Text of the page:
Celebrity Climbers Summit Kilimanjaro For A Cause

A group of celebrity climbers topped out on the highest peak in Africa earlier this week in an effort to raise awareness of the importance of clean drinking water in developing nations. The group reached the 19,341-foot summit of Tanzania’s Mt. Kilimanjaro on Friday after spending seven days scaling its slopes.

The group was led by Grammy-nominated musician Kenna, who was joined by actors Justin Chatwin (Showtime’s “Shameless”) and Beau Garrett (“Tron: Legacy”), as well as Mark Foster of the band Foster the People, amongst others. The team was climbing as part of the Summit on the Summit II expedition, which was organized by Kenna and is a follow-up to a similar trek that took place back in 2010.

The SOTS organization is focused on educating the public about the clean drinking water crisis that many developing countries continue to face. Most of us are accustomed to simply turning on the tap in our homes and getting safe water whenever we need it, but that isn’t the reality for a large number of people around the globe. In fact, according to the Water Project, a non-profit dedicated to delivering clean water to those who need it, more than 800 million people on our planet do not have access to safe drinking water at all. That’s about 11% of the world’s population. This climb of Kilimanjaro was undertaken to educate people of that plight.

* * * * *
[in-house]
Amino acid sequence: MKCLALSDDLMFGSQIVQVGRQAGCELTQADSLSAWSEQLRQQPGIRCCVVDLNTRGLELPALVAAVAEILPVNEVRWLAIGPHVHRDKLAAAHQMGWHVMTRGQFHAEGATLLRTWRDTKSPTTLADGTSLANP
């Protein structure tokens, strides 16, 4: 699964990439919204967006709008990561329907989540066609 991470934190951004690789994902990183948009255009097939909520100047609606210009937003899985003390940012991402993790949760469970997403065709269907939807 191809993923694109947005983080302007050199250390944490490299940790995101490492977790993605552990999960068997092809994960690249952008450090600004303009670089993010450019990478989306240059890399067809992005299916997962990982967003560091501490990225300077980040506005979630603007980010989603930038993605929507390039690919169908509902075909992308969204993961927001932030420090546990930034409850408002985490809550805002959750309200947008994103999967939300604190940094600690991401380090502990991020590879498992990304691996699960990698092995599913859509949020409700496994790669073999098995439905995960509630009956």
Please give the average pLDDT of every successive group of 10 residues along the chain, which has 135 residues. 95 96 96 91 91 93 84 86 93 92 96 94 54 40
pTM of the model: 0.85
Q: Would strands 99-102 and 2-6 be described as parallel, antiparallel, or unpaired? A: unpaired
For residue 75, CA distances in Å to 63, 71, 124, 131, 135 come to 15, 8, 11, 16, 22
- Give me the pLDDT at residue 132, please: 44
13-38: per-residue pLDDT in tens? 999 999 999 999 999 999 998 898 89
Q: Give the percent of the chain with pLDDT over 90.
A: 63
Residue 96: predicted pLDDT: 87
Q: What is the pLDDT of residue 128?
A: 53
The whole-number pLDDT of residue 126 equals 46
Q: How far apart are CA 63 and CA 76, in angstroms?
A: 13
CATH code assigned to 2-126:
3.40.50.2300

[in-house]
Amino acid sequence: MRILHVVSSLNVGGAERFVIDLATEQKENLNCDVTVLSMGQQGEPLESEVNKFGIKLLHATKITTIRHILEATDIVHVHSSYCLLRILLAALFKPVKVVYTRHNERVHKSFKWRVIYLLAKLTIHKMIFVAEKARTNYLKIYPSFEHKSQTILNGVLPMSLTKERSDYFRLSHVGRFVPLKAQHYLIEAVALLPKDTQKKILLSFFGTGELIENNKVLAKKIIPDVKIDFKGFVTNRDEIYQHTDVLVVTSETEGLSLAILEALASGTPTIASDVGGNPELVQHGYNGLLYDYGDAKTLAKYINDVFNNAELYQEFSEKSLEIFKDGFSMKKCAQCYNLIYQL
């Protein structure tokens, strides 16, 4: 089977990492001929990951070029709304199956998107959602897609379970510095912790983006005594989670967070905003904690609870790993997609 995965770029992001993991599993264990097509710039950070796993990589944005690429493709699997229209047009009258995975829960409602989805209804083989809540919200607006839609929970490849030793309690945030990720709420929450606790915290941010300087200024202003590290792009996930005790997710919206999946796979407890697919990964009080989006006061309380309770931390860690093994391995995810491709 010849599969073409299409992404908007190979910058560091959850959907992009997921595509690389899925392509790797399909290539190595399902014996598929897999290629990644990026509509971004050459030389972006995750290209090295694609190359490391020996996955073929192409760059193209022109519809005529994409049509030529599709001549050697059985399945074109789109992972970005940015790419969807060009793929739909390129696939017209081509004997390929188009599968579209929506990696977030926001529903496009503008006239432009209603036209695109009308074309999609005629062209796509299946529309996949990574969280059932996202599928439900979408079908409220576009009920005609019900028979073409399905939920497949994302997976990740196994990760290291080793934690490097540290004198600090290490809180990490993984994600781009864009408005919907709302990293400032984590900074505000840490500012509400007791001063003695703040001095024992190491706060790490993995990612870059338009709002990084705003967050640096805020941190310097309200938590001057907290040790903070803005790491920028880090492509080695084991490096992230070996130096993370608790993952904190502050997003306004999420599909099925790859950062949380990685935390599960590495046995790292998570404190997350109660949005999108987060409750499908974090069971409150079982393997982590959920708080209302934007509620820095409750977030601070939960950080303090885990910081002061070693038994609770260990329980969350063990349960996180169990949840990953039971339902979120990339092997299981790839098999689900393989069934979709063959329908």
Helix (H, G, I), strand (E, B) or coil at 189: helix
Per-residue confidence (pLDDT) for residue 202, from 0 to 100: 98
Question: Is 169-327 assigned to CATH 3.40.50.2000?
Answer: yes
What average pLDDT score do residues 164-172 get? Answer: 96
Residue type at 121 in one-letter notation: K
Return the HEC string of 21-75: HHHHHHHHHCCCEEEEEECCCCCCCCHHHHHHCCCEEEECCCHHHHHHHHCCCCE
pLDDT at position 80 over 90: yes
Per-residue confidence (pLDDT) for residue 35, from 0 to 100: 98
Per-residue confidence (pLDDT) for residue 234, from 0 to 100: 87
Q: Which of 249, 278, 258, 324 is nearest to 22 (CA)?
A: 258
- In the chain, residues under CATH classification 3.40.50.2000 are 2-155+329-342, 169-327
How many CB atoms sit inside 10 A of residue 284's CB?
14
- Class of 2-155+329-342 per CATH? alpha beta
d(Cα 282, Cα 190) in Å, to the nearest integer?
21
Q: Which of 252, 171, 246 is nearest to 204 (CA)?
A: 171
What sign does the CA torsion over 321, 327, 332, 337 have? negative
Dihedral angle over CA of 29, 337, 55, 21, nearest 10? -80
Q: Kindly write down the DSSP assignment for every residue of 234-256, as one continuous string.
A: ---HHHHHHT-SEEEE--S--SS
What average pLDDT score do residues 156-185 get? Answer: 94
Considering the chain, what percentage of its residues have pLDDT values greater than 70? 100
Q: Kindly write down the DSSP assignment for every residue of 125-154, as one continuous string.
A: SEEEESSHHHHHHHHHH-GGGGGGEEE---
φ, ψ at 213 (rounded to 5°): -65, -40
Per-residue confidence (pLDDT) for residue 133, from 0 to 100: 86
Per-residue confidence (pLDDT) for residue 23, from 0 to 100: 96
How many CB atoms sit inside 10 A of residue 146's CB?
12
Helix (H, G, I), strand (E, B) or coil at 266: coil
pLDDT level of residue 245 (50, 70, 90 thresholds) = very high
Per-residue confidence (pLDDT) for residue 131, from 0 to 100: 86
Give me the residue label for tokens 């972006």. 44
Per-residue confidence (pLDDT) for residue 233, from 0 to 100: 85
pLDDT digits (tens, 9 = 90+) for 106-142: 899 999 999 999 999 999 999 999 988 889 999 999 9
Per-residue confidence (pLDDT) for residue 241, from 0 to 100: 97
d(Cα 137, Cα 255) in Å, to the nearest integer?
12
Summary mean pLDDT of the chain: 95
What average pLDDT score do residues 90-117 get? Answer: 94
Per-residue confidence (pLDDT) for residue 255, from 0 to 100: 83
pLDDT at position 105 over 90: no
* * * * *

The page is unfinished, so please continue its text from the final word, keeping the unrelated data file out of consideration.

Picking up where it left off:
A Kilimanjaro trek is a mostly non-technical ascent up the tallest freestanding mountain in the world. If you’re in reasonably good health and take your time, it is possible for many people to reach the summit. Most expeditions up the mountain take roughly 6-7 days to complete, with another day required for the descent. This team went up the scenic Maragnu Route, which is amongst the more popular hikes. A Kili climb is one of the best adventure travel experiences around and there are a number of excellent guide services that can take travelers up the mountain.

[Photo Credit: Summit on the Summit]

Climbers attempting Kilimanjaro barefoot

A team of South African climbers has traveled to Tanzania, where they hope to climb Kilimanjaro, the tallest mountain on the African continent, without wearing shoes. Over the next few days, these barefoot adventurers hope to scale the mountain in an effort to raise funds for a children’s hospital back home.

According to the group’s website, the team of five climbers, and their support crew, arrived on the mountain yesterday and started their ascent. Early on, they passed through a pine forest, which provided a soft surface for their bare feet, but as the day wore on, they entered a tropical rainforest, where the trail gave way to gravel instead. While that proved to be a more challenging surface to hike on, they still managed to reach their first camp without too many problems.